The North Face recently unveiled the official climbing uniforms, which the American Olympians will wear at this summer’s Tokyo Olympics. Similar uniforms by the brand will also be worn by competitors from Japan, South Korea and Austria.
According to a press release, the American uniforms and kits were inspired by “Swiss design” and minimalism, and are “grounded in simplicity and boldness.” The uniforms incorporate the American flag in a Swiss grid system; the uniforms of the other countries incorporate their respective flags as well in a similar manner. Erica Cottrell, Design Manager of Climb at The North Face, said, “While we sought to first create an extremely lightweight and breathable design, we also wanted to produce a design that honors the bold and timeless heritage of The North Face as well as the unique spirit of each federation.”
The uniforms were created with the help of a 4-D scanner, which closely monitored athletes’ movements—and shoulder and hip articulation—during the research and development process. American climbers Margo Hayes, Ashima Shiraishi and Nathaniel Coleman were among the athletes who provided feedback on everything from fabric and materials to design, kit weight and construction. Laura Akita, Product Manager at The North Face, specified that the insights from the athletes “allowed [The North Face] to create a kit that incorporates the lightest, most breathable fabrics while also providing range of motion to match the unique needs of climbers.”
Coleman, in particular, is one of the four Americans (along with Brooke Raboutou, Kyra Condie and Colin Duffy) who will compete at the forthcoming Olympics. “As a climber, one of the most important aspects of your gear is that it doesn’t weigh you down on your way up the wall, and these uniforms truly feel like you are wearing nothing,” said Coleman. “Being able to participate so deeply in the development of these uniforms was such a unique experience, and the end product is [a] finely tuned product [built] for the specific needs of those competing this year in Tokyo.”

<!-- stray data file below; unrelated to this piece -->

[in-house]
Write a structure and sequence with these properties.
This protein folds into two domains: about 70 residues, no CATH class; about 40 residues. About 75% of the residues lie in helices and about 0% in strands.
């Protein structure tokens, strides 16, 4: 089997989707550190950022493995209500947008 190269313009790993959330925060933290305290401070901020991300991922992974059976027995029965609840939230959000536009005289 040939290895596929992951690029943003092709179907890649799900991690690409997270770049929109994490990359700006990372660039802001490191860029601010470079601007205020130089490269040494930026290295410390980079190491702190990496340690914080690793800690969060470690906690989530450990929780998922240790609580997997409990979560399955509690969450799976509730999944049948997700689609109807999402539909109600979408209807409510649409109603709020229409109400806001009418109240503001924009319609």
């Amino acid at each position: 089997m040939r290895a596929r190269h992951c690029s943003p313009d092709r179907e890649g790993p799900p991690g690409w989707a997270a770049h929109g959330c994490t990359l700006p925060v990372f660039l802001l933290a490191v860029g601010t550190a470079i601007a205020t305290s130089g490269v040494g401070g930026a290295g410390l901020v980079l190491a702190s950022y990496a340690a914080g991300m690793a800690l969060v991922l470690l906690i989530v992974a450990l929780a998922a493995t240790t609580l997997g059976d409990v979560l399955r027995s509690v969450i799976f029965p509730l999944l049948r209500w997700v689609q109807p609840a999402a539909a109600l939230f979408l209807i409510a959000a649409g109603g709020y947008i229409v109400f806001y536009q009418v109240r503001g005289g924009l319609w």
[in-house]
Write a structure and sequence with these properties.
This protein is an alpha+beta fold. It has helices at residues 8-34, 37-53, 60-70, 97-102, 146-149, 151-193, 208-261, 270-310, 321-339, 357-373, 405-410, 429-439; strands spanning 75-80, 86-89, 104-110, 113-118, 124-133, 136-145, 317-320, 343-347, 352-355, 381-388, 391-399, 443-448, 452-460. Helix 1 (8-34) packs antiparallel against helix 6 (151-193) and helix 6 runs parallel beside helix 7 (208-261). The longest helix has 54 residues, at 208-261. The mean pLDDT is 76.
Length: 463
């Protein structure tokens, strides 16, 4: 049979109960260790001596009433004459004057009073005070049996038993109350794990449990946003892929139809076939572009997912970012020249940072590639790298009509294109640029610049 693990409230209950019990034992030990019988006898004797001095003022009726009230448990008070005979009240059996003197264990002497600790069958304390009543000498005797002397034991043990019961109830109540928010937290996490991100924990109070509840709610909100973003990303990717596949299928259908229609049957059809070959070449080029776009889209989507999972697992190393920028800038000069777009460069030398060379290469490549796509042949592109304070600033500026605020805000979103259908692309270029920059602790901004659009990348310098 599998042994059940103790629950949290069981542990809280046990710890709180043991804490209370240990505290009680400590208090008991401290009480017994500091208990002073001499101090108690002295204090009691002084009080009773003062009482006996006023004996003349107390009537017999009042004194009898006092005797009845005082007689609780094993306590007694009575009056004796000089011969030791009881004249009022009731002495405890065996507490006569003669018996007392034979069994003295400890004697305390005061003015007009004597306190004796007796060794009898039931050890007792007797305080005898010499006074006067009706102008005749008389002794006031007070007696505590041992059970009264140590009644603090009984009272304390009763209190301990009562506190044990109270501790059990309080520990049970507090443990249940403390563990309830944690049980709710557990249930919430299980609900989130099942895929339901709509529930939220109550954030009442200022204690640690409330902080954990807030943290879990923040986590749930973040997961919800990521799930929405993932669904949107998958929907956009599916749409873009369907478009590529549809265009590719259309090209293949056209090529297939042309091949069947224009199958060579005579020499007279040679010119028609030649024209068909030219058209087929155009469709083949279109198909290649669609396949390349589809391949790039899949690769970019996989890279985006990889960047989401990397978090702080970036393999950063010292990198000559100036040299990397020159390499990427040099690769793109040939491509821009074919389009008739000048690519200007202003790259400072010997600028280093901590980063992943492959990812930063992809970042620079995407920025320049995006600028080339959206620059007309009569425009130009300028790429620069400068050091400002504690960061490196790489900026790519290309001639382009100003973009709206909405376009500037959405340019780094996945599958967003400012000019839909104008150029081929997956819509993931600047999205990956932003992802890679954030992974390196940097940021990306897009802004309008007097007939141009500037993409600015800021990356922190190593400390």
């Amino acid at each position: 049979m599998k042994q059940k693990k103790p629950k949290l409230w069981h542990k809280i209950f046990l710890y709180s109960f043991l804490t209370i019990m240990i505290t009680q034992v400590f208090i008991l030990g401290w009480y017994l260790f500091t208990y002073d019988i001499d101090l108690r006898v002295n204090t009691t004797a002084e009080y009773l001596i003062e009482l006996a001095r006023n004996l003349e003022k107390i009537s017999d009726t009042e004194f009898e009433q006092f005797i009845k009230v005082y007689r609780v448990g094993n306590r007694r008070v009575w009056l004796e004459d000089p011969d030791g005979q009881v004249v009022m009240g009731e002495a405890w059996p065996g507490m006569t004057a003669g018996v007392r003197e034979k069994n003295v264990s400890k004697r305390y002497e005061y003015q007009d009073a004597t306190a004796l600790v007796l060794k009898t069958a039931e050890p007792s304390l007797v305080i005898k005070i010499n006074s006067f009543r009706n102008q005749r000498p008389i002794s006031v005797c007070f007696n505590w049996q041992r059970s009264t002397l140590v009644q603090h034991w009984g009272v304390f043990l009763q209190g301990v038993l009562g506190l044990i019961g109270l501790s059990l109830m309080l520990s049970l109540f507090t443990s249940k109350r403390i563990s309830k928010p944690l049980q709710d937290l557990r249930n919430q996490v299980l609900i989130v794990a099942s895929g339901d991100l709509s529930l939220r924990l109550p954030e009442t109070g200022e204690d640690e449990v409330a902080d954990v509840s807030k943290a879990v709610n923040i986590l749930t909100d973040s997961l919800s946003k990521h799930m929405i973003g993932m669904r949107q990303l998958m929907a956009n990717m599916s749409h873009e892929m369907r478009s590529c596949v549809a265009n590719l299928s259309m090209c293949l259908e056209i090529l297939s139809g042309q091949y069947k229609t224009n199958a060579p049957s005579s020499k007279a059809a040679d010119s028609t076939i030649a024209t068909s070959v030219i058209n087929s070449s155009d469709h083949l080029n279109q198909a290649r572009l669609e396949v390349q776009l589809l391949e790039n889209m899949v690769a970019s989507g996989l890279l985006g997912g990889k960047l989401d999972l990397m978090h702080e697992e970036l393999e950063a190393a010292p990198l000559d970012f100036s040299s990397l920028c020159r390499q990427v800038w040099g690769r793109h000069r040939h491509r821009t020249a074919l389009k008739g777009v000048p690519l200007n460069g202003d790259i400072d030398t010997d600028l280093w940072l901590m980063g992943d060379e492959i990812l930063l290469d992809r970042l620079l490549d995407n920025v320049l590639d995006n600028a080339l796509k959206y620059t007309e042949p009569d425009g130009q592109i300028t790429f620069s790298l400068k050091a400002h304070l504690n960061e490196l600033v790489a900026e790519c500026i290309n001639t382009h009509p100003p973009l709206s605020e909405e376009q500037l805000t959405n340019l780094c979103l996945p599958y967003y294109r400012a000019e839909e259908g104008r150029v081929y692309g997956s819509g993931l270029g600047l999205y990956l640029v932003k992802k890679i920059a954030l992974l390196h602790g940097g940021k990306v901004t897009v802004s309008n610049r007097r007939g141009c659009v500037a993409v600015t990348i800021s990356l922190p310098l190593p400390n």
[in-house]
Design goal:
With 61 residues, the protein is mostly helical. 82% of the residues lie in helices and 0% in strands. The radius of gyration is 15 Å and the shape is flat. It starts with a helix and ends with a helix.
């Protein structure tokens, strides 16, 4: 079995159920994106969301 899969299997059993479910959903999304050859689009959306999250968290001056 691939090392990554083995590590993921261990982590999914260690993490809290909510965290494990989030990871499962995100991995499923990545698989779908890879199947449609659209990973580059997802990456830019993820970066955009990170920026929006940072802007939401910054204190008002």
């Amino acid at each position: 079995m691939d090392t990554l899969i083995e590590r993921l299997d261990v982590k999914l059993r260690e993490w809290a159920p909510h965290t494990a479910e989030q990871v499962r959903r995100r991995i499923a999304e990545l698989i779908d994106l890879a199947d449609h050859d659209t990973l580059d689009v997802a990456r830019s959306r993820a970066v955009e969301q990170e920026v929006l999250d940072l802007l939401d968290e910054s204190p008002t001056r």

The Tokyo Olympics will feature a unique Combined discipline (featuring bouldering, lead climbing and speed climbing, all under a singular “sport climbing” banner). Thus, the fit and function of the uniforms and kits varies for the different types of climbing. For example, the kit designed for speed climbing is more form-fitting.
Steve Lesnard, Global Vice President of Marketing at The North Face, stated, “As a longtime supporter of climbing, we take great pride in not only designing the first competition uniforms but, more importantly, in having the opportunity to celebrate the next milestone of the sport. As climbing is introduced on the ultimate global stage this year, the opportunity for athlete recognition is monumental and we are honored to continue to be a part of the growth of the sport and to celebrate the united spirit that these games will represent after such a trying year.”
Stay tuned to CBJ for up-to-date news and information on Team USA’s climbers as the Olympics approach.
John Burgman is the author of High Drama, a book that chronicles the history of American competition climbing. He is a Fulbright journalism grant recipient and a former magazine editor. He holds a master’s degree from New York University and bachelor’s degree from Miami University. In addition to writing, he coaches a youth bouldering team. Follow him on Twitter @John_Burgman and Instagram @jbclimbs. Read our interview Meet John Burgman, U.S. Comp Climbing’s Top Journalist.